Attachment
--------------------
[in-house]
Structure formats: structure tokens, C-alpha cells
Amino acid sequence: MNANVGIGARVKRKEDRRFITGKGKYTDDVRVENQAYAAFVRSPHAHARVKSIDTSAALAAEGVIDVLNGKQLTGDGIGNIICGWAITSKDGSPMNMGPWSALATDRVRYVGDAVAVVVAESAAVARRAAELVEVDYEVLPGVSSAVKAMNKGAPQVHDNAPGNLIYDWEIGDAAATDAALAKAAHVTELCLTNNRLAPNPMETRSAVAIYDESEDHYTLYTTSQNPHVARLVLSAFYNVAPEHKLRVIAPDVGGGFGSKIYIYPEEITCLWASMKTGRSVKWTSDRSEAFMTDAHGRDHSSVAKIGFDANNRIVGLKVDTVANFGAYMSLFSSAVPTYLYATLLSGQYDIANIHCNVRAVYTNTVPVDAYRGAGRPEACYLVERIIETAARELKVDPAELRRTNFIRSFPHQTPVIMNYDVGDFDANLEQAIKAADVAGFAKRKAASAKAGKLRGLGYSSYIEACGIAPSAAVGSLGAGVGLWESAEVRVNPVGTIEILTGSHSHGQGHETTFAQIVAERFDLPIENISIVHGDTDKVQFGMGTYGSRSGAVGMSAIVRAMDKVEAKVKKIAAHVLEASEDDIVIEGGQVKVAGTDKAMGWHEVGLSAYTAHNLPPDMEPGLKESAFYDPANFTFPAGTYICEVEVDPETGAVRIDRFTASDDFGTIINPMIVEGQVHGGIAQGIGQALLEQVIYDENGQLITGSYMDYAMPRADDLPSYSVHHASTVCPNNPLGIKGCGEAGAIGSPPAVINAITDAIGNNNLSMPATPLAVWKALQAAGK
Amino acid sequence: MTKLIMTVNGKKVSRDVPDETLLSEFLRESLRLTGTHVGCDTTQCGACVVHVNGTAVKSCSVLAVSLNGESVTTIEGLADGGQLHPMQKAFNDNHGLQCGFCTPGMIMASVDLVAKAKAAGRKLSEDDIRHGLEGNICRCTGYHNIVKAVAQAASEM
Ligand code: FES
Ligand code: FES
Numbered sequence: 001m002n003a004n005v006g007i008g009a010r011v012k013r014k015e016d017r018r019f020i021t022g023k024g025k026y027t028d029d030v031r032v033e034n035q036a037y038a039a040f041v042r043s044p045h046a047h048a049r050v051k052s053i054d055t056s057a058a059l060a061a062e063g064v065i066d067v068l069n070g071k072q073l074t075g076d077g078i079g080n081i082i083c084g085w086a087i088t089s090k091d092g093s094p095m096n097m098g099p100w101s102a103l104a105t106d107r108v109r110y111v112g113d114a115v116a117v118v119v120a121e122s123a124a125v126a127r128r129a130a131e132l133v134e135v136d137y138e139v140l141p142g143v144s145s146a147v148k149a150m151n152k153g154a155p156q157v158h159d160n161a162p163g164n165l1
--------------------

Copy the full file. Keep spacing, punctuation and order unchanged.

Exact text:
[in-house]
Structure formats: structure tokens, C-alpha cells
Amino acid sequence: MNANVGIGARVKRKEDRRFITGKGKYTDDVRVENQAYAAFVRSPHAHARVKSIDTSAALAAEGVIDVLNGKQLTGDGIGNIICGWAITSKDGSPMNMGPWSALATDRVRYVGDAVAVVVAESAAVARRAAELVEVDYEVLPGVSSAVKAMNKGAPQVHDNAPGNLIYDWEIGDAAATDAALAKAAHVTELCLTNNRLAPNPMETRSAVAIYDESEDHYTLYTTSQNPHVARLVLSAFYNVAPEHKLRVIAPDVGGGFGSKIYIYPEEITCLWASMKTGRSVKWTSDRSEAFMTDAHGRDHSSVAKIGFDANNRIVGLKVDTVANFGAYMSLFSSAVPTYLYATLLSGQYDIANIHCNVRAVYTNTVPVDAYRGAGRPEACYLVERIIETAARELKVDPAELRRTNFIRSFPHQTPVIMNYDVGDFDANLEQAIKAADVAGFAKRKAASAKAGKLRGLGYSSYIEACGIAPSAAVGSLGAGVGLWESAEVRVNPVGTIEILTGSHSHGQGHETTFAQIVAERFDLPIENISIVHGDTDKVQFGMGTYGSRSGAVGMSAIVRAMDKVEAKVKKIAAHVLEASEDDIVIEGGQVKVAGTDKAMGWHEVGLSAYTAHNLPPDMEPGLKESAFYDPANFTFPAGTYICEVEVDPETGAVRIDRFTASDDFGTIINPMIVEGQVHGGIAQGIGQALLEQVIYDENGQLITGSYMDYAMPRADDLPSYSVHHASTVCPNNPLGIKGCGEAGAIGSPPAVINAITDAIGNNNLSMPATPLAVWKALQAAGK
Amino acid sequence: MTKLIMTVNGKKVSRDVPDETLLSEFLRESLRLTGTHVGCDTTQCGACVVHVNGTAVKSCSVLAVSLNGESVTTIEGLADGGQLHPMQKAFNDNHGLQCGFCTPGMIMASVDLVAKAKAAGRKLSEDDIRHGLEGNICRCTGYHNIVKAVAQAASEM
Ligand code: FES
Ligand code: FES
Numbered sequence: 001m002n003a004n005v006g007i008g009a010r011v012k013r014k015e016d017r018r019f020i021t022g023k024g025k026y027t028d029d030v031r032v033e034n035q036a037y038a039a040f041v042r043s044p045h046a047h048a049r050v051k052s053i054d055t056s057a058a059l060a061a062e063g064v065i066d067v068l069n070g071k072q073l074t075g076d077g078i079g080n081i082i083c084g085w086a087i088t089s090k091d092g093s094p095m096n097m098g099p100w101s102a103l104a105t106d107r108v109r110y111v112g113d114a115v116a117v118v119v120a121e122s123a124a125v126a127r128r129a130a131e132l133v134e135v136d137y138e139v140l141p142g143v144s145s146a147v148k149a150m151n152k153g154a155p156q157v158h159d160n161a162p163g164n165l1